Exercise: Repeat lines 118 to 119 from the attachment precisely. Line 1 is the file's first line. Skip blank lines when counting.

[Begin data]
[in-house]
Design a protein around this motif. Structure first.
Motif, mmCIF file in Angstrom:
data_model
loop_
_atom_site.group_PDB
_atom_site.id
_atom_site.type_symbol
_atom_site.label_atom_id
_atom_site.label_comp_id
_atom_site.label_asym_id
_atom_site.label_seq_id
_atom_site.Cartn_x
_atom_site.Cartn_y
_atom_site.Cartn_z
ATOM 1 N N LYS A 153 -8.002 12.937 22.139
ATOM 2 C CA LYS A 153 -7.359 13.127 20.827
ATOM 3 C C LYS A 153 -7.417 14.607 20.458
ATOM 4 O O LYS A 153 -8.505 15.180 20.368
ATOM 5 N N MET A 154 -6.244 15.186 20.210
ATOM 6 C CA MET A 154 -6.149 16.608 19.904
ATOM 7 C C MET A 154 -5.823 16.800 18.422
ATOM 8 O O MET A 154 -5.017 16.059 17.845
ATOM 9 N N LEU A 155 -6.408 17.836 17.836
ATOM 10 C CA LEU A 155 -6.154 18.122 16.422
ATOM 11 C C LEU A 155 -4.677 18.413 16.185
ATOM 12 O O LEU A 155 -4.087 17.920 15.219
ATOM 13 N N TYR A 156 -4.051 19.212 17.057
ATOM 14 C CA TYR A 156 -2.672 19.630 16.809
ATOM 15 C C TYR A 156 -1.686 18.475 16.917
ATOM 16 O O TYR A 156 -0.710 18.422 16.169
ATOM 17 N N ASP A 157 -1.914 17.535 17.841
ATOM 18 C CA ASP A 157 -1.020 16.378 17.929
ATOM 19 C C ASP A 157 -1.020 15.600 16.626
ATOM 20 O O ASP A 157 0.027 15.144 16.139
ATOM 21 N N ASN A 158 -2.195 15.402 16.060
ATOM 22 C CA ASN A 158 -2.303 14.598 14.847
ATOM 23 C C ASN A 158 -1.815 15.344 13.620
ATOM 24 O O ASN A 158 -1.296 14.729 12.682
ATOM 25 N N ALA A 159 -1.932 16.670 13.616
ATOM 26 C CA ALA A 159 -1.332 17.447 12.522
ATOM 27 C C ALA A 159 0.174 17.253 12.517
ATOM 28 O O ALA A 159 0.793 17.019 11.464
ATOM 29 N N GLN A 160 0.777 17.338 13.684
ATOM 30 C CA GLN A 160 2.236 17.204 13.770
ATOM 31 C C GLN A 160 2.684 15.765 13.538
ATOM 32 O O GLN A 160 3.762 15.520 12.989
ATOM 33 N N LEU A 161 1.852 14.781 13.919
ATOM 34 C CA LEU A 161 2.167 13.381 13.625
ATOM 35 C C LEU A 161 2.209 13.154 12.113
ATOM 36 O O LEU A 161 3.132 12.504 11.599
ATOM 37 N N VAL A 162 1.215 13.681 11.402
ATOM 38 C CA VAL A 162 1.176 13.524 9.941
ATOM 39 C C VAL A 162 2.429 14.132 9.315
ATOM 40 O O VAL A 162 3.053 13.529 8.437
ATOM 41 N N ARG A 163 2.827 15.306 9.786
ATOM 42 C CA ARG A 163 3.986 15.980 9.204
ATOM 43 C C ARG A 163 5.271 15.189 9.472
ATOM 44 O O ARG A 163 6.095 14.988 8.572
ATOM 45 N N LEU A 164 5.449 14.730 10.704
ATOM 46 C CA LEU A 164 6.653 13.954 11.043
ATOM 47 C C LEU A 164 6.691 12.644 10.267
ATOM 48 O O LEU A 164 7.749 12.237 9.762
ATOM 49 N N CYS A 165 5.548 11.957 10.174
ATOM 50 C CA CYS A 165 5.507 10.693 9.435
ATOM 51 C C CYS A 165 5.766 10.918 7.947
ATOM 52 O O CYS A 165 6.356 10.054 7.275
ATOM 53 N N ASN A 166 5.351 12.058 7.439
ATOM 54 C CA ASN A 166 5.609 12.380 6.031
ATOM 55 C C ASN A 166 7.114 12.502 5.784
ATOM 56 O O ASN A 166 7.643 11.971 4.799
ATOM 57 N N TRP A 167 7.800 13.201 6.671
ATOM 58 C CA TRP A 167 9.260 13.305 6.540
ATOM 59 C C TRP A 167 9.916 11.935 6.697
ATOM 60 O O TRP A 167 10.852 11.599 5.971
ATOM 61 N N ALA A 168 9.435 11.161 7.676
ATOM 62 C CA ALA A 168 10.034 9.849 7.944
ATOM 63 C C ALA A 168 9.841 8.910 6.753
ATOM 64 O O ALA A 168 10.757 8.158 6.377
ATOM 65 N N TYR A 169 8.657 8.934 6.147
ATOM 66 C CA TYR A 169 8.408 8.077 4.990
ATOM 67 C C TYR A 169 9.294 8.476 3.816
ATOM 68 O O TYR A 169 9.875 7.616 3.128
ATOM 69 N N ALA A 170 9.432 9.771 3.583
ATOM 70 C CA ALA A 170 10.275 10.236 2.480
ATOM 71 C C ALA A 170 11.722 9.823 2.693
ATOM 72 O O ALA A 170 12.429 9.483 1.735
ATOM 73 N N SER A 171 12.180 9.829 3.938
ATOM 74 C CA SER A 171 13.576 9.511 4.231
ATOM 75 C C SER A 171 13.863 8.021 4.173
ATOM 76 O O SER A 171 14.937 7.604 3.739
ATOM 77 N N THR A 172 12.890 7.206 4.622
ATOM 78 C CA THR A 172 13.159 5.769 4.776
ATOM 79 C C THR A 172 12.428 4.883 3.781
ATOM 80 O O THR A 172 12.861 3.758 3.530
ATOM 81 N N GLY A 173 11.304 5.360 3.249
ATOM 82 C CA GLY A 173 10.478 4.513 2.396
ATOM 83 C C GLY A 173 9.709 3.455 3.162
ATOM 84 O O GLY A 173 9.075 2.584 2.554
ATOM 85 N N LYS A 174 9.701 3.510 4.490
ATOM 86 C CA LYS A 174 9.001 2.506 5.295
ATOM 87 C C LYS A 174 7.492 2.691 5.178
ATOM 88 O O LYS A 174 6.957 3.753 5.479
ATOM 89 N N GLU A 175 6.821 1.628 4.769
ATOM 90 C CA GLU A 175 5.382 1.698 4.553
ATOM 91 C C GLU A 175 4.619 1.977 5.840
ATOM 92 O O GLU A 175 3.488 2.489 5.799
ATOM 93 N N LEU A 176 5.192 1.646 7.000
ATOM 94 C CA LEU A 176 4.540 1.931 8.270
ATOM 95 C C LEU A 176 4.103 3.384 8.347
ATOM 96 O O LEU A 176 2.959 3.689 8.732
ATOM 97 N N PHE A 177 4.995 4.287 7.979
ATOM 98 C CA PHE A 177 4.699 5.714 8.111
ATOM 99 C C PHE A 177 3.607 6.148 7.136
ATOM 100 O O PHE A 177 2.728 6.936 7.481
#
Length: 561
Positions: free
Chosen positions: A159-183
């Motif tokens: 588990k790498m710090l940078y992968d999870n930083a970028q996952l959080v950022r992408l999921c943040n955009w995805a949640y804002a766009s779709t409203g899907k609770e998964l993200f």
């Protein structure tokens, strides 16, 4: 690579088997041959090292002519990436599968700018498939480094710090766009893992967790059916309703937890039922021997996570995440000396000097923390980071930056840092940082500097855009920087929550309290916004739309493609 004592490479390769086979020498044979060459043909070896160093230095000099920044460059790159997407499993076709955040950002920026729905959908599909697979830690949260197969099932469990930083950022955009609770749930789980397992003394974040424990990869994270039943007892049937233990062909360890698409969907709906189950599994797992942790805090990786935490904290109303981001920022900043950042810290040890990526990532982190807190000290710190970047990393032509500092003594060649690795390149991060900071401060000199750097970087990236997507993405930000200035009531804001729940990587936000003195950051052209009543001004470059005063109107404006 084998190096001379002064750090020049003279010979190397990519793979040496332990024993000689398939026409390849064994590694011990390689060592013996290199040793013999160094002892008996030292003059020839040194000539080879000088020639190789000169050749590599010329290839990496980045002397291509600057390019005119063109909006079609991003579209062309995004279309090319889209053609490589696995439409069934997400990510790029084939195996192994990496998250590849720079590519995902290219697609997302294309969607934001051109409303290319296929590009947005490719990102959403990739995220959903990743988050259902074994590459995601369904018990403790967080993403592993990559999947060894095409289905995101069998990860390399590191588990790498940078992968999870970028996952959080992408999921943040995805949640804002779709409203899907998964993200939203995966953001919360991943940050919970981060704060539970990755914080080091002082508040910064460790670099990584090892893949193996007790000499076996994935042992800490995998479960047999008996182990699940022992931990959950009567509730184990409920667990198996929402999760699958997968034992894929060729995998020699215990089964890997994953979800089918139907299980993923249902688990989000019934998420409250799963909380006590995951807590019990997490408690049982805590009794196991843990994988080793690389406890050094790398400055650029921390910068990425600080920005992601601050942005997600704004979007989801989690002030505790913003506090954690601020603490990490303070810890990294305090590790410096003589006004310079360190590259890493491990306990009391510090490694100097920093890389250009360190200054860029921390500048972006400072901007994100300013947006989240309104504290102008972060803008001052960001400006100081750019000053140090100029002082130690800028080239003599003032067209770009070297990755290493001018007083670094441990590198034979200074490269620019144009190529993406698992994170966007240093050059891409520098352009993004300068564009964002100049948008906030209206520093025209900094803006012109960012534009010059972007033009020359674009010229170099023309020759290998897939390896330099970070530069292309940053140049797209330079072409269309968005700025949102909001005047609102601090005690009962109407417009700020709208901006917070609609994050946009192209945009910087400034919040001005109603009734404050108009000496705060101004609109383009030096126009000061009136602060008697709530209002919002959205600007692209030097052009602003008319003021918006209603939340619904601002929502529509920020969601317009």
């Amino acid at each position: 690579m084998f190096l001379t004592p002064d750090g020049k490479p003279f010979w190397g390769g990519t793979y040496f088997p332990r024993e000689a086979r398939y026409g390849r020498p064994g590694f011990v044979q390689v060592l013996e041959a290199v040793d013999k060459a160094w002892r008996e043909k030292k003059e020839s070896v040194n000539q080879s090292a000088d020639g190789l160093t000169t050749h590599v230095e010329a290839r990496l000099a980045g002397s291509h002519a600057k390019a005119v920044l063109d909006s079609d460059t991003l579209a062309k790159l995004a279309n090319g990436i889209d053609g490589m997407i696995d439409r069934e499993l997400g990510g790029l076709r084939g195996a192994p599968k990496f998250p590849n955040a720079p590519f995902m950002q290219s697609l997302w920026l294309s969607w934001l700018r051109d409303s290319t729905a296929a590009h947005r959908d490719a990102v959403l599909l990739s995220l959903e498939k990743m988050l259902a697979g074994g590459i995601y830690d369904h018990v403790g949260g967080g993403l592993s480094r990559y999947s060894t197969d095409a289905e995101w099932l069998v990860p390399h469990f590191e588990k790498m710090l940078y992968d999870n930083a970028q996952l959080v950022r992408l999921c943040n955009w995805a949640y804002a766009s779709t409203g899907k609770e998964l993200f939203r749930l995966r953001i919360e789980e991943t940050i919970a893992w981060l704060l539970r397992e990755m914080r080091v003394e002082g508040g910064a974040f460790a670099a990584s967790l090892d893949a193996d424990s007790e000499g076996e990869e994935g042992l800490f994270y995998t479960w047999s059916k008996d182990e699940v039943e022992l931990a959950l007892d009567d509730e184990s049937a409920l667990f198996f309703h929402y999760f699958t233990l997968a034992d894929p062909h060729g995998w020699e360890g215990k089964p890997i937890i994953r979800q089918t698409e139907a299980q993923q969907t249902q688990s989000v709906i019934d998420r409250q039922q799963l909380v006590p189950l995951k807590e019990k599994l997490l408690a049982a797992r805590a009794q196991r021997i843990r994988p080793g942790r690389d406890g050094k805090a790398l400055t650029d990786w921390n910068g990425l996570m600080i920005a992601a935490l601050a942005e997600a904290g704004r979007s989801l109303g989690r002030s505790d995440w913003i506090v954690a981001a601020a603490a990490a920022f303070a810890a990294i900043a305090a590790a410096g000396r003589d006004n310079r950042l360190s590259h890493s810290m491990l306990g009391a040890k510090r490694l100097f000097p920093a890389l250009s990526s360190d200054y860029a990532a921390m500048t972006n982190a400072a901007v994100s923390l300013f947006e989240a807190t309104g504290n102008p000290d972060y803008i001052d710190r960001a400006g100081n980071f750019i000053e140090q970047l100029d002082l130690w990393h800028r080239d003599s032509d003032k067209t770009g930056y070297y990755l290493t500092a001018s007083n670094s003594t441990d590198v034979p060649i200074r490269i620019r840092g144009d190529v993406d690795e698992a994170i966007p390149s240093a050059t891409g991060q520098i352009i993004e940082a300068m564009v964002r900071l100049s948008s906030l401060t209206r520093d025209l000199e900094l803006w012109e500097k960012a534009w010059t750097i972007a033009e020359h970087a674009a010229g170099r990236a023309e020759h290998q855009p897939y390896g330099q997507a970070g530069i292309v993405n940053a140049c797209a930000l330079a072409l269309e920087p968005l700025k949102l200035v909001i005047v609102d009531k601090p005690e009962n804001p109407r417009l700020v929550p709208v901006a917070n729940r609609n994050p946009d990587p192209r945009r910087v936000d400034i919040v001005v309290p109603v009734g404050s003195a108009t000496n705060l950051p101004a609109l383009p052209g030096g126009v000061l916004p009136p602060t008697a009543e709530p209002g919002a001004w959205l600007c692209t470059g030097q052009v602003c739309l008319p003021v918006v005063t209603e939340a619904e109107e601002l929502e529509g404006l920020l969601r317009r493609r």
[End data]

Positions: free
Chosen positions: A159-183